Just like colors, climates, and feelings, flavor can be warm or cool.Synesthesia is a neurological phenomenon which blends senses. It comes from the Greek words, ‘sensation together’. For example; a person listening to music may see the sound in varying colors. One might see numbers as points in space. Or, sounds may produce feelings in different parts of the body.
It’s comforting to put a name to this experience, because I’ve always had what I now call “Culinary Synesthesia”. To me, flavor has always had color.
Apple pie, a bowl of chili, and sweet potatoes inhabit the warm end of the scale. Cool flavors are things like crisp lettuce, berries, and asparagus.
And much of the colors are dependent on seasoning.
Spices are ground seeds, nut, roots, or barks. And almost without exception, they are warm flavors. Cayenne is bright, burning red. Curry is an almost neon reddish-orange. These flavors frighten me and I stay away. But there are friendlier warm spices that evoke cozy sweaters, rustling leaves, and hay rides. And without them, I’d be bereft and my kitchen would have much less flavor.
My top three are:
Nutmeg-It comes from the Myristica tree. Always grate fresh. You never know how old and thus flavorful the pre-ground is. I use it at least every other day. Any time I cook dark greens, I sprinkle in a bit. With any cream sauce it’s a must. I also put it in hot cereals. Be careful though. It can quickly go from just enough, to “Woah Nelly!” in a flash. Also if eaten by the spoonful can act as a hallucinogen (but don’t do that).Smoked paprika-This isn’t just the tasteless stuff your mother used to sprinkle on the potato salad to make it pretty. In Spain it’s known as pimentón. You can buy it smoked or not, and the heat level ranges from non-existent to pretty darn hot (in the spicier varieties, hotter chiles are mixed in). I use sweet smoked, and it not only adds color, but a subtle smoky flavor. When using pecans in place of bacon in foods, I toast them in a tablespoon of butter with salt and pepper, and a dusting of paprika. You get both crunch and smoke, while ingesting a good fat.Chinese Five Spice-This Chinese staple is traditionally made from cinnamon, cloves, star anise, fennel seed, and Szechuan peppercorn. This spice blend is what gives egg foo yung gravy its distinctive taste. I purchase mine from the Asian grocer near me; it’s cheaper, authentic, and because they sell a lot of it, there is fairly quick turnover, which means fresher on the shelf. I use this powder on sweet potatoes and in spice cookies. But holidays wouldn’t be the same without my famous ham. And the glaze may change from year to year, but the one constant is my five spice.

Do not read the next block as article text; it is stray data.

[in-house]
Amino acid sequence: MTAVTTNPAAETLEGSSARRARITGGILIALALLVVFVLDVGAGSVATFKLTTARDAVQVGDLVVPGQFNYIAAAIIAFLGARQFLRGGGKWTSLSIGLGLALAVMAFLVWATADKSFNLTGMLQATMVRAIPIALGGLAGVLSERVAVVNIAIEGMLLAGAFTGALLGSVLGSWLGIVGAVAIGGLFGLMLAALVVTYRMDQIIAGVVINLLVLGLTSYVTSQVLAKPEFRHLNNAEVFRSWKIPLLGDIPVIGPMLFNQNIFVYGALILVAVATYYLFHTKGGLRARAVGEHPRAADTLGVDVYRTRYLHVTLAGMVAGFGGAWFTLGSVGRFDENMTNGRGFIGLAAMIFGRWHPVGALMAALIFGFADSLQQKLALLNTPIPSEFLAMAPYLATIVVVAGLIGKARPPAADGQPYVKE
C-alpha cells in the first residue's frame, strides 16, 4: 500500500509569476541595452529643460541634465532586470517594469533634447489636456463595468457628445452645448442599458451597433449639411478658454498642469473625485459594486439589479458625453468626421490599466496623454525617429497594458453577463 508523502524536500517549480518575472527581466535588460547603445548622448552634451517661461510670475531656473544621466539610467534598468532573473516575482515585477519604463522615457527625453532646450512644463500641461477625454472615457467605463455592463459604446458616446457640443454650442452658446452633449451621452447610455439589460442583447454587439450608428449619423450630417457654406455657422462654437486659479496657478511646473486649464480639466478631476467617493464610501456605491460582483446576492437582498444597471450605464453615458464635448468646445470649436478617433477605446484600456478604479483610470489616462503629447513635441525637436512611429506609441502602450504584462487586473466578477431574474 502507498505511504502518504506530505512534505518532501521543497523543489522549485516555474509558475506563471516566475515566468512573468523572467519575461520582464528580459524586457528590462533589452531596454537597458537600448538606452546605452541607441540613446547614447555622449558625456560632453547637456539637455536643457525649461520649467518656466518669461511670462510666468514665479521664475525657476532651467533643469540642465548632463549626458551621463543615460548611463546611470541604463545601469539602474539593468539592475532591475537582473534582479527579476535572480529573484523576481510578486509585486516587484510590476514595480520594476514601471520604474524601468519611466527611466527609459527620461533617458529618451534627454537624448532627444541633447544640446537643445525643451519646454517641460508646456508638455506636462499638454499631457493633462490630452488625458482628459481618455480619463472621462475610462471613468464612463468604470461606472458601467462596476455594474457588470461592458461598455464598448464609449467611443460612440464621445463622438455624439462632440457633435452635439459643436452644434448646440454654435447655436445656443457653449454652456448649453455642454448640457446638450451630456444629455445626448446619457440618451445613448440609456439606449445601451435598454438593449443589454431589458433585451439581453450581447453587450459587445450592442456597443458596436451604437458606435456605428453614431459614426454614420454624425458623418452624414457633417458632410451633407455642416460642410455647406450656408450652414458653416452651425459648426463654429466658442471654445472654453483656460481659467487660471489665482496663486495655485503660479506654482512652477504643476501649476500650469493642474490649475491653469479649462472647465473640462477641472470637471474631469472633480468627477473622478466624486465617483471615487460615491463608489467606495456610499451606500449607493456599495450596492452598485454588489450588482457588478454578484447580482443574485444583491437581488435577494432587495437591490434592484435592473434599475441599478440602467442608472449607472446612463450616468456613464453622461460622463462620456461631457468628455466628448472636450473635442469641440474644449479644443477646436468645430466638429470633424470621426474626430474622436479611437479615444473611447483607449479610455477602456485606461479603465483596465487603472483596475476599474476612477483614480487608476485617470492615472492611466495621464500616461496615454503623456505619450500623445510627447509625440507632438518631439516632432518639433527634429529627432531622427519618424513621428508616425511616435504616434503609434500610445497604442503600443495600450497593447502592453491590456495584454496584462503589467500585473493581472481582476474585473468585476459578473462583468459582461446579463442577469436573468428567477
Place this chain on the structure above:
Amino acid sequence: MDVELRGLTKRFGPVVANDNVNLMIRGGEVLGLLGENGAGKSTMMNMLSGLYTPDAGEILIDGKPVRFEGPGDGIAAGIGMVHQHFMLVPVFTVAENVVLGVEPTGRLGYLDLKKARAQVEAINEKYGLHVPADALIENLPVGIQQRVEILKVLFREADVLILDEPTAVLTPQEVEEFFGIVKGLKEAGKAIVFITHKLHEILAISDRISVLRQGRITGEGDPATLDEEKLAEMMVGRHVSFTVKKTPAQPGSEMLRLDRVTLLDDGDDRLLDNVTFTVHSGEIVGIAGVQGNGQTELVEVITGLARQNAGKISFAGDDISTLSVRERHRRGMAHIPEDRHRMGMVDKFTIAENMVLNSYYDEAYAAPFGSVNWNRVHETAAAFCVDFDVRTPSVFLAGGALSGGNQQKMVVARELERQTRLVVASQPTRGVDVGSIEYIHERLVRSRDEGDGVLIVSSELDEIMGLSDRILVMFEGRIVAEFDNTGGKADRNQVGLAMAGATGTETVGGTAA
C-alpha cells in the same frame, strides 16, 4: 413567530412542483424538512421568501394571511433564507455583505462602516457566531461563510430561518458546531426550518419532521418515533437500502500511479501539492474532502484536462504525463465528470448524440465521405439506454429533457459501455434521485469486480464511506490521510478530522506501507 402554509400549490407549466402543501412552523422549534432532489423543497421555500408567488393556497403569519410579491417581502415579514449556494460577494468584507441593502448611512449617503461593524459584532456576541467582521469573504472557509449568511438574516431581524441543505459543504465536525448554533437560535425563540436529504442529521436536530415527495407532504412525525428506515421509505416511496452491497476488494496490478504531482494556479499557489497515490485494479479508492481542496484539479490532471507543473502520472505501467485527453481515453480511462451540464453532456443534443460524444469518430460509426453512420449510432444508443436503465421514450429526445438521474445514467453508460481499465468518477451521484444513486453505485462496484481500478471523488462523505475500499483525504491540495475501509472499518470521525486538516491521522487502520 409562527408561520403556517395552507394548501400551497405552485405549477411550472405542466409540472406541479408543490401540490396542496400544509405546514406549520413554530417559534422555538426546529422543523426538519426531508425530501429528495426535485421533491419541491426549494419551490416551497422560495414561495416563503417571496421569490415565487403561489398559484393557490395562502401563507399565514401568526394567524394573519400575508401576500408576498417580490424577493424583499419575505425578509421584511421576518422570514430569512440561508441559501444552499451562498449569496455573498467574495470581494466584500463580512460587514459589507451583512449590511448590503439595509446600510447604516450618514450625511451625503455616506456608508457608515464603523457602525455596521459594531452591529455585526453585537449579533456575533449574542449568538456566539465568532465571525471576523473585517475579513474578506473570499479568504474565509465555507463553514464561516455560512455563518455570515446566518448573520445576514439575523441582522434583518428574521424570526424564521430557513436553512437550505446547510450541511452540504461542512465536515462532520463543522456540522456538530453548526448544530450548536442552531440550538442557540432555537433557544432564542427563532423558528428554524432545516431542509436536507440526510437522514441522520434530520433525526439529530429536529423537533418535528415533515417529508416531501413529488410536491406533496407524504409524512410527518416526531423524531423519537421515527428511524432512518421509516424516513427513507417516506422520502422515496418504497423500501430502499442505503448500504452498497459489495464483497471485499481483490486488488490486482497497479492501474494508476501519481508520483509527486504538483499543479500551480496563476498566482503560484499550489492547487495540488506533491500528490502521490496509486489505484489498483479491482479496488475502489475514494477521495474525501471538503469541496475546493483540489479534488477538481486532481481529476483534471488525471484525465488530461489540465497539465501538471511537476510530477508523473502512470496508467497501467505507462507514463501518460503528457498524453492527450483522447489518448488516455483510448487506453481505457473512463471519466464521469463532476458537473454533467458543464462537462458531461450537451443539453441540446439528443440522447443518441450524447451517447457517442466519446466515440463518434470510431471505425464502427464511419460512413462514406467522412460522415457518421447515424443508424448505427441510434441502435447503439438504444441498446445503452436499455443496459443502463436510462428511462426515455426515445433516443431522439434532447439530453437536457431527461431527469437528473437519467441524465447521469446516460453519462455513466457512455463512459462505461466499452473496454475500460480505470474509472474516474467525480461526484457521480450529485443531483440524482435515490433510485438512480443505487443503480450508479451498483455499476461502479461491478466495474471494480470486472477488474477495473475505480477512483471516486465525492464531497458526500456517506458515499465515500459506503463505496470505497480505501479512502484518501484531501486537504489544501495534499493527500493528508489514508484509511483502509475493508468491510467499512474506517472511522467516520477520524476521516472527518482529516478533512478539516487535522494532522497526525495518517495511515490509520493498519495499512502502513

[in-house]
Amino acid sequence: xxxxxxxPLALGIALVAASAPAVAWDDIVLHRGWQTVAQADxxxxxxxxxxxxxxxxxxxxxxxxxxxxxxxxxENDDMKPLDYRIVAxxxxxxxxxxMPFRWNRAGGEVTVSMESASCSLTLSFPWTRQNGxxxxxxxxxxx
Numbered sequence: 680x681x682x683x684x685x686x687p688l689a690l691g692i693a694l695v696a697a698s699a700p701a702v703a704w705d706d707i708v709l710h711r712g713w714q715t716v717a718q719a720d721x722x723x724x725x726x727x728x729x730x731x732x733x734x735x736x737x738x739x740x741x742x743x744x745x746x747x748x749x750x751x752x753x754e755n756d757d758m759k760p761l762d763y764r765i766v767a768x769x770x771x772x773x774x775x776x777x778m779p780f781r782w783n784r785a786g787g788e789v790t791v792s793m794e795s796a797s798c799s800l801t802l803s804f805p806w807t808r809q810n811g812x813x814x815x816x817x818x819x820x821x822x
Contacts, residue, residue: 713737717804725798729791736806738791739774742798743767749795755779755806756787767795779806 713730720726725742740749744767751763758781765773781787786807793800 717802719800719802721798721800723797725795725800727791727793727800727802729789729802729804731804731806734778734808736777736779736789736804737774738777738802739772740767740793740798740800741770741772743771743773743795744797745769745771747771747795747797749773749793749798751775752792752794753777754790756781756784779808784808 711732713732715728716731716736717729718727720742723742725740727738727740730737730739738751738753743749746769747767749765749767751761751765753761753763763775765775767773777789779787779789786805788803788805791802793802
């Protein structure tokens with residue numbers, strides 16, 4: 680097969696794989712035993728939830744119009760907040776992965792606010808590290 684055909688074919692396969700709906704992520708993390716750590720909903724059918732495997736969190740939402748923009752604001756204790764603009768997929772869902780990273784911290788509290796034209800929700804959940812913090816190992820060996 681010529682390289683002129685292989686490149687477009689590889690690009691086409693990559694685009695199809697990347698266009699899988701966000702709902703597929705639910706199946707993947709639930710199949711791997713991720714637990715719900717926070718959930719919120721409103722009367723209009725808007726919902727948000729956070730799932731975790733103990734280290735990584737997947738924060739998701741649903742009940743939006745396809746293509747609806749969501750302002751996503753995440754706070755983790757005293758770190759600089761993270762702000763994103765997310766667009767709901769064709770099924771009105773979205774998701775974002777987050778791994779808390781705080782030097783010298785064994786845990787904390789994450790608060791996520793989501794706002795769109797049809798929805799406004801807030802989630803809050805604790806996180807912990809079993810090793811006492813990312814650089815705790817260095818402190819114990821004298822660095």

Dr. Pepper ham glaze
4 cups Dr Pepper, reduced ‘til thick and syrupy (about 1-1 ½ cups), then cooled
¼ cup Dijon mustard
¼ cup Balsamic vinegar
1 ½ teaspoons kosher salt
½ teaspoon black pepper
¾ teaspoon Chinese Five Spice powder
A day before cooking the ham:
Whisk together reduced Dr Pepper with the rest of the ingredients. Refrigerate for at least 24 hours, but can be made up to 4 days before needed.
I urge you to get some fresh spices and play around with them. And next time we’ll talk about the cooler side of the kitchen, and the herbs that I can’t live without.
Thanks for your time.